The Internet Theater Magazine of Reviews, Features, Annotated Listings

A CurtainUp Review
The King and I

The King and I Ends Its Run With a Sublime Anna Leonowens to Forever Change the Life of the King and His Children. By Elyse Sommer

Marin Mazzie and Daniel Dae Kim (Photo: Paul Kolnick
Kelli O'Hara and Ken Wannabe who originated the lead roles iin Bartlett Sher's beautiful revival of The King and I were each quite wonderful — she with her golden soprano and youthful charm, he oozing charisma. Wannabe abdicated the elegantly designed kingdom but O'Hara remained to cross swords with several other kings. But O'Hara too departed in the latter part of April.

And on May 5th the show got both a new Mrs. Leonowens as well as a new king: Marin Mazzie, whose many Broadway musical roles include Kiss Me Kate, Next to Normal and Ragtime; Daniel Dae Kim, best known for his roles in TV's Lost and Hawai Five-O, but also with a previous run in London as the King of Siam under his belt ( Lizzie Loveridge's review).

Mazzie, a gorgeous 55-year-old, brings a lush voice and a mature self-confidence to the role of the pre-feminist British governess. Kim's King is handsome and sexy and deeply conflicted about his country's future. Best of all, the interaction between Mazzie and Kim is vibrantly alive. Together they bring to life a strong sense of gender politics, with just enough of a sexual undercurrent. They make us understand why this man who sees women as sex and child-bearing objects and this intelligent woman with strong opinions can develop a bond of sorts. Even if you're old enough to remember Yul Brenner who made a career of playing the King, the famous "Shall We Dance" Scene" with Mazzie and Kim is truly special.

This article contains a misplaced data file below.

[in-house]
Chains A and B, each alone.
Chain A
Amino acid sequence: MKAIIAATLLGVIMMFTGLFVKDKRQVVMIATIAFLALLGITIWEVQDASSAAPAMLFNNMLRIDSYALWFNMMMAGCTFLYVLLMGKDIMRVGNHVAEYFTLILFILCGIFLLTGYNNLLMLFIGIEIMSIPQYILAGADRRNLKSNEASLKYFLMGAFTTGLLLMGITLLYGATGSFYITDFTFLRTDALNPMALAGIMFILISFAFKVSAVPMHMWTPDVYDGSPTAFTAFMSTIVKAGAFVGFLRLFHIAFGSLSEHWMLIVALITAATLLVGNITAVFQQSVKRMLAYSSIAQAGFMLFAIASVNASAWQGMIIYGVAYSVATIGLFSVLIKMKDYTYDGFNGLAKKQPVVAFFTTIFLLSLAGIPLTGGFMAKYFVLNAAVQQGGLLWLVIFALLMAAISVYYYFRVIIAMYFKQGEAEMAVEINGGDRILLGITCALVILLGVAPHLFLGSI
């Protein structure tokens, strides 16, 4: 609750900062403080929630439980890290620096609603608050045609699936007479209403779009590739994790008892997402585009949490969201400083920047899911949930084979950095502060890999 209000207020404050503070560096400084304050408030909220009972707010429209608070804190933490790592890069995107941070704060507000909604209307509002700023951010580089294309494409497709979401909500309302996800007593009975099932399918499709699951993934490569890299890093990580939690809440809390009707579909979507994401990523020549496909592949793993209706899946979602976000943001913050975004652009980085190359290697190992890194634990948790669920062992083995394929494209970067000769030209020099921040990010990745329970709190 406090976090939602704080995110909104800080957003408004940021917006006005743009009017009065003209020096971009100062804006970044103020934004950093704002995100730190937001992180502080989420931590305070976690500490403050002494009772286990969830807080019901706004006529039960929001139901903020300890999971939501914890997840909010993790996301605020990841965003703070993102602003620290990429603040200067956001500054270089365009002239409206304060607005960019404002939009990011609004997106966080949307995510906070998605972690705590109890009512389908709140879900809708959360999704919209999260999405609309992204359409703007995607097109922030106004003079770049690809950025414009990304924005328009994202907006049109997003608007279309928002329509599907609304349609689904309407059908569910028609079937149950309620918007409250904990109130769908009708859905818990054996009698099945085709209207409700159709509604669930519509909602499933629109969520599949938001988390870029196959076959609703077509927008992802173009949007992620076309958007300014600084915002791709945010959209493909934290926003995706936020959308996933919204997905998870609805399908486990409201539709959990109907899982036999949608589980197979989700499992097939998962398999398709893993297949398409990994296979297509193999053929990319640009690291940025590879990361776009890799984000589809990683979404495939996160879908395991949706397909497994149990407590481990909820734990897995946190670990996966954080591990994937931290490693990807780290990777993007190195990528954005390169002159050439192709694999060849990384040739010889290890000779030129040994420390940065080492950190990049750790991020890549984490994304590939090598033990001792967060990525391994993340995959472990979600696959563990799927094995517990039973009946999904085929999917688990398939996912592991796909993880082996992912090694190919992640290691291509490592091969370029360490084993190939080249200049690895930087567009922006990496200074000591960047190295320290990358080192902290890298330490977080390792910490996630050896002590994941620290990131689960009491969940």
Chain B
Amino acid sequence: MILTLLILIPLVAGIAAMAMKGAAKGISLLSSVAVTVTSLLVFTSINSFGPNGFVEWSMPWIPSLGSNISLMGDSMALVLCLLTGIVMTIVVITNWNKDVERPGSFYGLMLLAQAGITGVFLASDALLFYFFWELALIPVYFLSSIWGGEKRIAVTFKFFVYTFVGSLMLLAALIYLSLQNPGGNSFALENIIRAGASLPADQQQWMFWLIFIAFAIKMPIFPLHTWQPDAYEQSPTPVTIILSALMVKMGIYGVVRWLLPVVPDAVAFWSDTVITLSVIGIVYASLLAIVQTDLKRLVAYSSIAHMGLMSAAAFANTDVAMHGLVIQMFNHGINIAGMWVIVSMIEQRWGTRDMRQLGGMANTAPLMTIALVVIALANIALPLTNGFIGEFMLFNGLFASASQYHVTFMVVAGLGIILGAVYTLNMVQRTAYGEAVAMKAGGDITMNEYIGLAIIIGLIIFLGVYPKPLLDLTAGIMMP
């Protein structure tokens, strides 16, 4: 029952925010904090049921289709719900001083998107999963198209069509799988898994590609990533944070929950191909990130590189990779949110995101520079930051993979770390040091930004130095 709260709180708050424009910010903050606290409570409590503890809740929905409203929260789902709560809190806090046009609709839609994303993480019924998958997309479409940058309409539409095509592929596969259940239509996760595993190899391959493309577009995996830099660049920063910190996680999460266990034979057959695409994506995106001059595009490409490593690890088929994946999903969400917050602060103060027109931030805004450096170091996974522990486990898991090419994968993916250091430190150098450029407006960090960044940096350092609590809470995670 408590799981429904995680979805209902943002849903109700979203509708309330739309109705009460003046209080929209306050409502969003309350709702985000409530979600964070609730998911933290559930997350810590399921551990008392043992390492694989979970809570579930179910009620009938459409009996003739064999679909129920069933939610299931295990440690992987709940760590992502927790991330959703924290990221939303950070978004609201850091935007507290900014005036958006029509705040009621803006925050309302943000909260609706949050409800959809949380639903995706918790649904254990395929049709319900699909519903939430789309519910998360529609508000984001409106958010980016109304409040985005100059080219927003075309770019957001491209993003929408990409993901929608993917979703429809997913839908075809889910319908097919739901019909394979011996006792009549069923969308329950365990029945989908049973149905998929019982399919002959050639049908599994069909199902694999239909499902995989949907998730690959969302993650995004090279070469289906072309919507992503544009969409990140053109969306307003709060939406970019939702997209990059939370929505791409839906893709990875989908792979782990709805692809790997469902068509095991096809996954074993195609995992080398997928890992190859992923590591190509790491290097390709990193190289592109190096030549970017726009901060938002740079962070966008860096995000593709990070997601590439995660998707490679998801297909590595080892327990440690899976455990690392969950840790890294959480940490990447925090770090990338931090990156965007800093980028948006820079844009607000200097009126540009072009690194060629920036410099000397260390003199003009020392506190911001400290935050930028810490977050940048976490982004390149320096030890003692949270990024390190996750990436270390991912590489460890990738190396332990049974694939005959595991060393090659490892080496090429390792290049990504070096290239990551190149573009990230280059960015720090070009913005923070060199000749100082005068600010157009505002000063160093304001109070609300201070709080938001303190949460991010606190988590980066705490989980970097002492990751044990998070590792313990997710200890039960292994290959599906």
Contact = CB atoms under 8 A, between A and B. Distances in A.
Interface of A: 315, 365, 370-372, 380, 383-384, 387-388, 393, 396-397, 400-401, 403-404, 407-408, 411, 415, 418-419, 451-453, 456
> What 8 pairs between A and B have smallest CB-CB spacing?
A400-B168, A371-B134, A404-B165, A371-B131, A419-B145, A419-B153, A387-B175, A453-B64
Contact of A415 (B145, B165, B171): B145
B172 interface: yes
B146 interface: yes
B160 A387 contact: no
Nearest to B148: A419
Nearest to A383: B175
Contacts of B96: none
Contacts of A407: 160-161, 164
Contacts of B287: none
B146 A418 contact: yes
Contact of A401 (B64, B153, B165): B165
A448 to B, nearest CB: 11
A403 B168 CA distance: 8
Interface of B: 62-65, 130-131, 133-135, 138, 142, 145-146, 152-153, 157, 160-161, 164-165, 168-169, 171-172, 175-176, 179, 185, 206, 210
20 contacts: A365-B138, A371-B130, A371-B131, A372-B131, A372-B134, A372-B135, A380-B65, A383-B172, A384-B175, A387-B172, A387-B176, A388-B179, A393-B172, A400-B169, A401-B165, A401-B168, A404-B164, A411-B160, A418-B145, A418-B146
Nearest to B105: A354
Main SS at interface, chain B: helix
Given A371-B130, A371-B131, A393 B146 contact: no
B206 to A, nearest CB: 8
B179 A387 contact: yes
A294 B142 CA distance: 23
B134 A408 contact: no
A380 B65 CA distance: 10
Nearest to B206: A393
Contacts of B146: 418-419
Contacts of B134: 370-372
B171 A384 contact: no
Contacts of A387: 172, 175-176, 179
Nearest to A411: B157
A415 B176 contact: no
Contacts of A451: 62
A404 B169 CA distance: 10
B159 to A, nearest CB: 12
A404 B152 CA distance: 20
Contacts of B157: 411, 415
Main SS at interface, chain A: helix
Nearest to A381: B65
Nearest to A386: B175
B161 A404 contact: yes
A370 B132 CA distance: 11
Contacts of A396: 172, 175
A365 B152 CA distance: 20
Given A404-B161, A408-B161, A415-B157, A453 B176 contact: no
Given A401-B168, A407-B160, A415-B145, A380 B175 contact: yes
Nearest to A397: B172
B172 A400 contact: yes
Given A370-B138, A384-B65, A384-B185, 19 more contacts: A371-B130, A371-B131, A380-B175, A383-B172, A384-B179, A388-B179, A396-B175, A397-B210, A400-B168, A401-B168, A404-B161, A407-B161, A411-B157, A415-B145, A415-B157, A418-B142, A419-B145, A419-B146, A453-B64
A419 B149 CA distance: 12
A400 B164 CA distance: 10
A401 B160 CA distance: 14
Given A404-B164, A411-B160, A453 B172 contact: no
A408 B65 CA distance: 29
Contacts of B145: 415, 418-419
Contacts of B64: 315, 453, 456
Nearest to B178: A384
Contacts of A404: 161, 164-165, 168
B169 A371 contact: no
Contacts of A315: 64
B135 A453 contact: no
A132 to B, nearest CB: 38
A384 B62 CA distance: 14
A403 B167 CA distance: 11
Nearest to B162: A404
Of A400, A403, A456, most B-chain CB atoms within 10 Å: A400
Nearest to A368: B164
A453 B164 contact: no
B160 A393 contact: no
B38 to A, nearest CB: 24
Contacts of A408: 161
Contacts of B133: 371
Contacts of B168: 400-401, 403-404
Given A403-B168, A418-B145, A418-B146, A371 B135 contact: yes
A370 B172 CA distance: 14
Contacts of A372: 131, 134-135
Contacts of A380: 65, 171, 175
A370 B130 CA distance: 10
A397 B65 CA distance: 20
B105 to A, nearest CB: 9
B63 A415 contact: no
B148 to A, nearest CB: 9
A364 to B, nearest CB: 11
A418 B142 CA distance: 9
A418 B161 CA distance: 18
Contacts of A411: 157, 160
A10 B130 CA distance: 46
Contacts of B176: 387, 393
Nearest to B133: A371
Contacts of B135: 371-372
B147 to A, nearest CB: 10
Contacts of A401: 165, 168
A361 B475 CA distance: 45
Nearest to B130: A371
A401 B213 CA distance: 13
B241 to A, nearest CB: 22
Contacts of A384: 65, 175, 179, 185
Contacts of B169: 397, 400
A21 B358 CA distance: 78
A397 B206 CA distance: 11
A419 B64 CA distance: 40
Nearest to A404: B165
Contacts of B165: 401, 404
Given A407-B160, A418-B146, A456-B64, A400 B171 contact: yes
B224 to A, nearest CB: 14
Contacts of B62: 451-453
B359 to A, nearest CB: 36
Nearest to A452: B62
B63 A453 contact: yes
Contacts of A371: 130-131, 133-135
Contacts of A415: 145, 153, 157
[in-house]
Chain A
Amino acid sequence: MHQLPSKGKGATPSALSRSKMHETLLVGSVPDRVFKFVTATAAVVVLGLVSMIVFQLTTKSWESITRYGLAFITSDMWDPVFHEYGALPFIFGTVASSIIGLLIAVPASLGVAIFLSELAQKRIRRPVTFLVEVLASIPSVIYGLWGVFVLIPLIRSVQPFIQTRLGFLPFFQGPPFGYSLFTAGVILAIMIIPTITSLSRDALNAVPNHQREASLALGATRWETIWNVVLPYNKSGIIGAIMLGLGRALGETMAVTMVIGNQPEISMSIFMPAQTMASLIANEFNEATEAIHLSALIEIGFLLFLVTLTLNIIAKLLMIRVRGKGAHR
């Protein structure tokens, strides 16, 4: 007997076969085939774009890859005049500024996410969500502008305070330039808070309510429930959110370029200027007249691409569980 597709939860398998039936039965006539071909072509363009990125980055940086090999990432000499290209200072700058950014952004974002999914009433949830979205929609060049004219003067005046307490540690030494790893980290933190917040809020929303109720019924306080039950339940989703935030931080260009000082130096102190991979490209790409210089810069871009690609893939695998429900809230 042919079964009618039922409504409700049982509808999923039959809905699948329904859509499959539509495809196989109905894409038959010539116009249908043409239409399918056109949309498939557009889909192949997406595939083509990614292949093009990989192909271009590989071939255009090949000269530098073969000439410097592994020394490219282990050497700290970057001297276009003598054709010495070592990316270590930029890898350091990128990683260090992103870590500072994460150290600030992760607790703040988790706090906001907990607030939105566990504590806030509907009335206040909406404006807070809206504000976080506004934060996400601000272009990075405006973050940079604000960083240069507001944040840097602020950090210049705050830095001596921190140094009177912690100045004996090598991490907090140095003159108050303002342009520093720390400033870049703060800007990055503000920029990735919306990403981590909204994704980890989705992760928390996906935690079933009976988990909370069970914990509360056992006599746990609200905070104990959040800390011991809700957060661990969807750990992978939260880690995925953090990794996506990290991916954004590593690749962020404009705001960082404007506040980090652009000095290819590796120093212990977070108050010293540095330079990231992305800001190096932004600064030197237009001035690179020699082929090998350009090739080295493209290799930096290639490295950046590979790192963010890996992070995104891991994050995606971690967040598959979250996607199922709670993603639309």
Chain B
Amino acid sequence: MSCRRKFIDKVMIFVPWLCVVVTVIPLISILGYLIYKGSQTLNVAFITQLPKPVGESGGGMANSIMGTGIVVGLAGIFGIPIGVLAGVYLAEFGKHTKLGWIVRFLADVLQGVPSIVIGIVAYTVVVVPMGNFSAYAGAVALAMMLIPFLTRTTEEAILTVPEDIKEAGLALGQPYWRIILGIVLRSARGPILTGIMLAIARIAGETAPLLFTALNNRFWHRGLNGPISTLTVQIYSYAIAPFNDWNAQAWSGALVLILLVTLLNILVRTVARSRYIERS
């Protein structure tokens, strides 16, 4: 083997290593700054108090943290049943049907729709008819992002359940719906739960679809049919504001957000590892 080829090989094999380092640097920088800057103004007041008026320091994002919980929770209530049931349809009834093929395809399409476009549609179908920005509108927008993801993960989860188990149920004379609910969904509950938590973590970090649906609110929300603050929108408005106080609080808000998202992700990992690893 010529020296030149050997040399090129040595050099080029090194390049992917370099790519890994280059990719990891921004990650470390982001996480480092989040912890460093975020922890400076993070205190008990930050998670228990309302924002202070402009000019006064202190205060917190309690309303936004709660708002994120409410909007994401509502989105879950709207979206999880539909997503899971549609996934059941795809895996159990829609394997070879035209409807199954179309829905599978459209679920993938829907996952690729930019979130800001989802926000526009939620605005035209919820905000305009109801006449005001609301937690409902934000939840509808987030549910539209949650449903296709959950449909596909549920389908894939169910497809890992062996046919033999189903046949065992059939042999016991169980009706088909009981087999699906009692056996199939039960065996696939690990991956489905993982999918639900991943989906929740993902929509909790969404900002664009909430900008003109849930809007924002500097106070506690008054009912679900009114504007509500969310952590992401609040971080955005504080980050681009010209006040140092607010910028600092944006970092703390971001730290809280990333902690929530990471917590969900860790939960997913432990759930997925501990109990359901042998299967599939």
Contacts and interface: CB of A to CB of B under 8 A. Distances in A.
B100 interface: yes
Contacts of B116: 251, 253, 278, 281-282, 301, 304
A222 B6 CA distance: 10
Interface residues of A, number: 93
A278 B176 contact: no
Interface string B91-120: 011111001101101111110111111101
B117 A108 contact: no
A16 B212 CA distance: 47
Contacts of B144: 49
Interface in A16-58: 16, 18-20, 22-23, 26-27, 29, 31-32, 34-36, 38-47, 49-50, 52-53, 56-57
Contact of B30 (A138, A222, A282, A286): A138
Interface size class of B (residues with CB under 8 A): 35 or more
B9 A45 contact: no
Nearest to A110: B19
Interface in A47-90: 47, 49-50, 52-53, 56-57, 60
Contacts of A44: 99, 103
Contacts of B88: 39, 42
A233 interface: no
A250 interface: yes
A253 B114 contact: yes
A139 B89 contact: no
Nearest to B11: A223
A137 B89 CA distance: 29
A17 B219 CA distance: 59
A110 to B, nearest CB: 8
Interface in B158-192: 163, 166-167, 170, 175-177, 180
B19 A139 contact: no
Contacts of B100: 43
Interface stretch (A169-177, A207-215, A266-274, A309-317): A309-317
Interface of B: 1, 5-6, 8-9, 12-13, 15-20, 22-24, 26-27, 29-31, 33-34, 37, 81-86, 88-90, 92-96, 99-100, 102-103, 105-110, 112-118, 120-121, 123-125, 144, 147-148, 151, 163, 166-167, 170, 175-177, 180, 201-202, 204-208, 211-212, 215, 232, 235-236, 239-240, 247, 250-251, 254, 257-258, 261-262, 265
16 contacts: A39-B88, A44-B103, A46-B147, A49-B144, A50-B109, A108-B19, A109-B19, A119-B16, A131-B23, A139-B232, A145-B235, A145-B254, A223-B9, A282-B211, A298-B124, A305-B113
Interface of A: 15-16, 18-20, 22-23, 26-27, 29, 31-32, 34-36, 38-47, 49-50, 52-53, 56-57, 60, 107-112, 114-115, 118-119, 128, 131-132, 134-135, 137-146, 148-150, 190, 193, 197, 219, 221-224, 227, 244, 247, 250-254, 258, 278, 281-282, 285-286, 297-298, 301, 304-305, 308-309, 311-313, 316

With the rest of the key players still on board, but actually more deeply entrenched and better than ever, I wish I could urge all who read this to go back, even if you saw this beautiful production when it opened at the Vivian Beaumont. Alas, while I anticipated being able to give a do-or-don't see again report when I arranged to take in the new leads last Thursday, a June 26th closing notice has been posted. So for me this was a joyous, if sad, farewell visit.